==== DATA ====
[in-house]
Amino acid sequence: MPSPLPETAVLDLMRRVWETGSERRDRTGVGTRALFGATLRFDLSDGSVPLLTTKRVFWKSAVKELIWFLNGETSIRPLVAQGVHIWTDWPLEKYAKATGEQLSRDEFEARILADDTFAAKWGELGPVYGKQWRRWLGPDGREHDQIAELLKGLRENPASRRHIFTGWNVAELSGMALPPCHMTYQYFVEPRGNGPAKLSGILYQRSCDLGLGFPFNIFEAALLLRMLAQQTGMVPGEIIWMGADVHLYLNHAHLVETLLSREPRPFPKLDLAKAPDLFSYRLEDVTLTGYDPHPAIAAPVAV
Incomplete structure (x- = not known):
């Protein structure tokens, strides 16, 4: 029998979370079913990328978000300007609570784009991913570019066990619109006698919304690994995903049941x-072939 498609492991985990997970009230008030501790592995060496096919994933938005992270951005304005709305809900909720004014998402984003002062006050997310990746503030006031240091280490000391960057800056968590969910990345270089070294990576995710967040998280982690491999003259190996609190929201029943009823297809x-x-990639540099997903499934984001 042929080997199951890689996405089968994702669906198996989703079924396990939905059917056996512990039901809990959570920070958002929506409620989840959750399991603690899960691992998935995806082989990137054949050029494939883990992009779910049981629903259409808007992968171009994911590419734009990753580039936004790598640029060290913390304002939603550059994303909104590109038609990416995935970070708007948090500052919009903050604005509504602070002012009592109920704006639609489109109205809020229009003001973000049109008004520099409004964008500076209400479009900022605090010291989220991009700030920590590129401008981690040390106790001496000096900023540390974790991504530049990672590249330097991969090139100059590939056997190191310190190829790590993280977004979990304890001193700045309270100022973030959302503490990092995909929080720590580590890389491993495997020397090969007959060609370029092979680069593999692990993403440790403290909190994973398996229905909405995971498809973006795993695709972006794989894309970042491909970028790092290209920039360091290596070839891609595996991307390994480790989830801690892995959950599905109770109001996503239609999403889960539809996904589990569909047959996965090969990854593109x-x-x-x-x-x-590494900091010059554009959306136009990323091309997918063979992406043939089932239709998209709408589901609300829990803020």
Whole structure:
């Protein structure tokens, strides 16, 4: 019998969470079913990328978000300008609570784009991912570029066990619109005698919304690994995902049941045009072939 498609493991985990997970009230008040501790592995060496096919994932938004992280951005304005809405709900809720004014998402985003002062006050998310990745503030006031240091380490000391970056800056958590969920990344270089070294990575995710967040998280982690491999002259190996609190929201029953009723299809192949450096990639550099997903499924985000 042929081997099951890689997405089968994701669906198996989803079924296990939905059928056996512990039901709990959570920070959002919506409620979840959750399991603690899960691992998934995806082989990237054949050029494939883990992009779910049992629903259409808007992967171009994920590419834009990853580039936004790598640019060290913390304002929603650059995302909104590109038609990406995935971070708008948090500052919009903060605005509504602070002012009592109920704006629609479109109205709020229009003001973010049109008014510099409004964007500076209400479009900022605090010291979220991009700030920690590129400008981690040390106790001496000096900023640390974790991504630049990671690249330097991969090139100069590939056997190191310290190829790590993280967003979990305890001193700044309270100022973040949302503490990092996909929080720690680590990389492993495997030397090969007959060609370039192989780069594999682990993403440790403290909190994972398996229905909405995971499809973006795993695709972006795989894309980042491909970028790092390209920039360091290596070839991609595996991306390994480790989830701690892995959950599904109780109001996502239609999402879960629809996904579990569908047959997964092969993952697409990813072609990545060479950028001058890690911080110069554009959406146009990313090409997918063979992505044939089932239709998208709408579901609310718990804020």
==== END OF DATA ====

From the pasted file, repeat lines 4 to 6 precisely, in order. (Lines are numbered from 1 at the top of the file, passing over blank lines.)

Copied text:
């Protein structure tokens, strides 16, 4: 029998979370079913990328978000300007609570784009991913570019066990619109006698919304690994995903049941x-072939 498609492991985990997970009230008030501790592995060496096919994933938005992270951005304005709305809900909720004014998402984003002062006050997310990746503030006031240091280490000391960057800056968590969910990345270089070294990576995710967040998280982690491999003259190996609190929201029943009823297809x-x-990639540099997903499934984001 042929080997199951890689996405089968994702669906198996989703079924396990939905059917056996512990039901809990959570920070958002929506409620989840959750399991603690899960691992998935995806082989990137054949050029494939883990992009779910049981629903259409808007992968171009994911590419734009990753580039936004790598640029060290913390304002939603550059994303909104590109038609990416995935970070708007948090500052919009903050604005509504602070002012009592109920704006639609489109109205809020229009003001973000049109008004520099409004964008500076209400479009900022605090010291989220991009700030920590590129401008981690040390106790001496000096900023540390974790991504530049990672590249330097991969090139100059590939056997190191310190190829790590993280977004979990304890001193700045309270100022973030959302503490990092995909929080720590580590890389491993495997020397090969007959060609370029092979680069593999692990993403440790403290909190994973398996229905909405995971498809973006795993695709972006794989894309970042491909970028790092290209920039360091290596070839891609595996991307390994480790989830801690892995959950599905109770109001996503239609999403889960539809996904589990569909047959996965090969990854593109x-x-x-x-x-x-590494900091010059554009959306136009990323091309997918063979992406043939089932239709998209709408589901609300829990803020």
Whole structure:
């Protein structure tokens, strides 16, 4: 019998969470079913990328978000300008609570784009991912570029066990619109005698919304690994995902049941045009072939 498609493991985990997970009230008040501790592995060496096919994932938004992280951005304005809405709900809720004014998402985003002062006050998310990745503030006031240091380490000391970056800056958590969920990344270089070294990575995710967040998280982690491999002259190996609190929201029953009723299809192949450096990639550099997903499924985000 042929081997099951890689997405089968994701669906198996989803079924296990939905059928056996512990039901709990959570920070959002919506409620979840959750399991603690899960691992998934995806082989990237054949050029494939883990992009779910049992629903259409808007992967171009994920590419834009990853580039936004790598640019060290913390304002929603650059995302909104590109038609990406995935971070708008948090500052919009903060605005509504602070002012009592109920704006629609479109109205709020229009003001973010049109008014510099409004964007500076209400479009900022605090010291979220991009700030920690590129400008981690040390106790001496000096900023640390974790991504630049990671690249330097991969090139100069590939056997190191310290190829790590993280967003979990305890001193700044309270100022973040949302503490990092996909929080720690680590990389492993495997030397090969007959060609370039192989780069594999682990993403440790403290909190994972398996229905909405995971499809973006795993695709972006795989894309980042491909970028790092390209920039360091290596070839991609595996991306390994480790989830701690892995959950599904109780109001996502239609999402879960629809996904579990569908047959997964092969993952697409990813072609990545060479950028001058890690911080110069554009959406146009990313090409997918063979992505044939089932239709998208709408579901609310718990804020």